Show Details
HubPages Device IDThis is used to identify particular browsers or devices when the access the service, and is used for security reasons.
LoginThis is necessary to sign in to the HubPages Service.
Google RecaptchaThis is used to prevent bots and spam. (Privacy Policy)
AkismetThis is used to detect comment spam. (Privacy Policy)
HubPages Google AnalyticsThis is used to provide data on traffic to our website, all personally identifyable data is anonymized. (Privacy Policy)
HubPages Traffic PixelThis is used to collect data on traffic to articles and other pages on our site. Unless you are signed in to a HubPages account, all personally identifiable information is anonymized.
Amazon Web ServicesThis is a cloud services platform that we used to host our service. (Privacy Policy)
CloudflareThis is a cloud CDN service that we use to efficiently deliver files required for our service to operate such as javascript, cascading style sheets, images, and videos. (Privacy Policy)
Google Hosted LibrariesJavascript software libraries such as jQuery are loaded at endpoints on the or domains, for performance and efficiency reasons. (Privacy Policy)
Google Custom SearchThis is feature allows you to search the site. (Privacy Policy)
Google MapsSome articles have Google Maps embedded in them. (Privacy Policy)
Google ChartsThis is used to display charts and graphs on articles and the author center. (Privacy Policy)
Google AdSense Host APIThis service allows you to sign up for or associate a Google AdSense account with HubPages, so that you can earn money from ads on your articles. No data is shared unless you engage with this feature. (Privacy Policy)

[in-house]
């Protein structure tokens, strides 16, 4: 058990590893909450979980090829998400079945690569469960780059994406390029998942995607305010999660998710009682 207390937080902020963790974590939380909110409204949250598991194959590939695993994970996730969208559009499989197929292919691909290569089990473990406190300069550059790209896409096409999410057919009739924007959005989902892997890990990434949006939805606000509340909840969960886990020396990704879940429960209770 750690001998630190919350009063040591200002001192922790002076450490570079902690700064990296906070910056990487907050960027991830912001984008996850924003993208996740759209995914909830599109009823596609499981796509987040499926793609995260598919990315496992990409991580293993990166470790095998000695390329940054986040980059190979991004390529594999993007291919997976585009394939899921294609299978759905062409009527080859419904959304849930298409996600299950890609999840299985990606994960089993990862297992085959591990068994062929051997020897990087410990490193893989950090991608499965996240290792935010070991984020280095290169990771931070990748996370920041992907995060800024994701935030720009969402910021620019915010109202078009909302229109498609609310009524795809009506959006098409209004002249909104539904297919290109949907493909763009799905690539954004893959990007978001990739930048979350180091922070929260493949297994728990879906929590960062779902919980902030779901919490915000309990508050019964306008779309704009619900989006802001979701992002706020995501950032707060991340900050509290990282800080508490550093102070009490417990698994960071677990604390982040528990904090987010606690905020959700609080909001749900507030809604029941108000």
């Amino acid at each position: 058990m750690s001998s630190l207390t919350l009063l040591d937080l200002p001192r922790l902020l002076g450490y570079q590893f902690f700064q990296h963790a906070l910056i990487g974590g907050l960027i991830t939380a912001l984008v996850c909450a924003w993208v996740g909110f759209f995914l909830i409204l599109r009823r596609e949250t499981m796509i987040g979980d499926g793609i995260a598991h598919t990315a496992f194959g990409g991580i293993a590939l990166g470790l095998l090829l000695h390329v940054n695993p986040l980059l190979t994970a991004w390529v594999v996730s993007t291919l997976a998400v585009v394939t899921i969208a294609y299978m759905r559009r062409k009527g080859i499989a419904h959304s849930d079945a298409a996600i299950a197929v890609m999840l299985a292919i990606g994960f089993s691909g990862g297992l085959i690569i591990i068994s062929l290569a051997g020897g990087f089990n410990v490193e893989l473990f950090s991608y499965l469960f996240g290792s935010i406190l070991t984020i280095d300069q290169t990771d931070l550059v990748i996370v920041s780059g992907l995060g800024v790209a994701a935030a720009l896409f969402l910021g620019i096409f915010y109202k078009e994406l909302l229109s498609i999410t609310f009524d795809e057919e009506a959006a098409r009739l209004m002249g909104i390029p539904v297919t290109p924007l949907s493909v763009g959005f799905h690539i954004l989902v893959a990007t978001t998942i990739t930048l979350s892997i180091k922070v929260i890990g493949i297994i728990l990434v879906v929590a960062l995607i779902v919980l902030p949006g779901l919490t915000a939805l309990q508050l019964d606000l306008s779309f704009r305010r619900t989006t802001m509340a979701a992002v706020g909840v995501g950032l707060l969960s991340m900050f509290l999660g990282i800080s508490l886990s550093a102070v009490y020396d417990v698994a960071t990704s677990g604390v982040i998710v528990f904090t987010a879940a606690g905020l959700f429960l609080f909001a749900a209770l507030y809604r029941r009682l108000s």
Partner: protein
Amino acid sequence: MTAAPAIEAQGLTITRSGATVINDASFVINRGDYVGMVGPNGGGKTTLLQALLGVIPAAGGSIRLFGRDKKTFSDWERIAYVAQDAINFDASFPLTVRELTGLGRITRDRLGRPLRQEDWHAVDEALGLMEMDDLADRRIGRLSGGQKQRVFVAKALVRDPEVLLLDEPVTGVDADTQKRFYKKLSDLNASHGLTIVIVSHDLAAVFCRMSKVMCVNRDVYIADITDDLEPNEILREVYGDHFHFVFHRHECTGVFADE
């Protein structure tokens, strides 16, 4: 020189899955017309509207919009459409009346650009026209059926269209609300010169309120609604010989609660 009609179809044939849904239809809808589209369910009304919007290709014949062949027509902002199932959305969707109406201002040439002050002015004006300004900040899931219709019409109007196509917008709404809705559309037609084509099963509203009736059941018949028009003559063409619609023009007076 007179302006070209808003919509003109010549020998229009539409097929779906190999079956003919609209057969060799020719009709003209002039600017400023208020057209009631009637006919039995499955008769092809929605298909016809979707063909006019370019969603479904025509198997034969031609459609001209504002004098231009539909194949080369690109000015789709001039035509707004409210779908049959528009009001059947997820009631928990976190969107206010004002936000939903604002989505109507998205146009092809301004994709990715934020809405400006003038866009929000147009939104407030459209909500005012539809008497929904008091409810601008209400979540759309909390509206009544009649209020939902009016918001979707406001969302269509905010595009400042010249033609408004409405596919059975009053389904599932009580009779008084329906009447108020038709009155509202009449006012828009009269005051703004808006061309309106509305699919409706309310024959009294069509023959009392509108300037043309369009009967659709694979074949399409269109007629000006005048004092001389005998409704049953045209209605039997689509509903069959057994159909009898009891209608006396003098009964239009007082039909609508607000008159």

Google YouTubeSome articles have YouTube videos embedded in them. (Privacy Policy)
VimeoSome articles have Vimeo videos embedded in them. (Privacy Policy)
PaypalThis is used for a registered author who enrolls in the HubPages Earnings program and requests to be paid via PayPal. No data is shared with Paypal unless you engage with this feature. (Privacy Policy)
Facebook LoginYou can use this to streamline signing up for, or signing in to your Hubpages account. No data is shared with Facebook unless you engage with this feature. (Privacy Policy)
MavenThis supports the Maven widget and search functionality. (Privacy Policy)
Google AdSenseThis is an ad network. (Privacy Policy)
Google DoubleClickGoogle provides ad serving technology and runs an ad network. (Privacy Policy)
Index ExchangeThis is an ad network. (Privacy Policy)
SovrnThis is an ad network. (Privacy Policy)
Facebook AdsThis is an ad network. (Privacy Policy)
Amazon Unified Ad MarketplaceThis is an ad network. (Privacy Policy)
AppNexusThis is an ad network. (Privacy Policy)
OpenxThis is an ad network. (Privacy Policy)
Rubicon ProjectThis is an ad network. (Privacy Policy)
TripleLiftThis is an ad network. (Privacy Policy)
Say MediaWe partner with Say Media to deliver ad campaigns on our sites. (Privacy Policy)
Remarketing PixelsWe may use remarketing pixels from advertising networks such as Google AdWords, Bing Ads, and Facebook in order to advertise the HubPages Service to people that have visited our sites.
Conversion Tracking PixelsWe may use conversion tracking pixels from advertising networks such as Google AdWords, Bing Ads, and Facebook in order to identify when an advertisement has successfully resulted in the desired action, such as signing up for the HubPages Service or publishing an article on the HubPages Service.
Author Google AnalyticsThis is used to provide traffic data and reports to the authors of articles on the HubPages Service. (Privacy Policy)
ComscoreComScore is a media measurement and analytics company providing marketing data and analytics to enterprises, media and advertising agencies, and publishers. Non-consent will result in ComScore only processing obfuscated personal data. (Privacy Policy)
Amazon Tracking PixelSome articles display amazon products as part of the Amazon Affiliate program, this pixel provides traffic statistics for those products (Privacy Policy)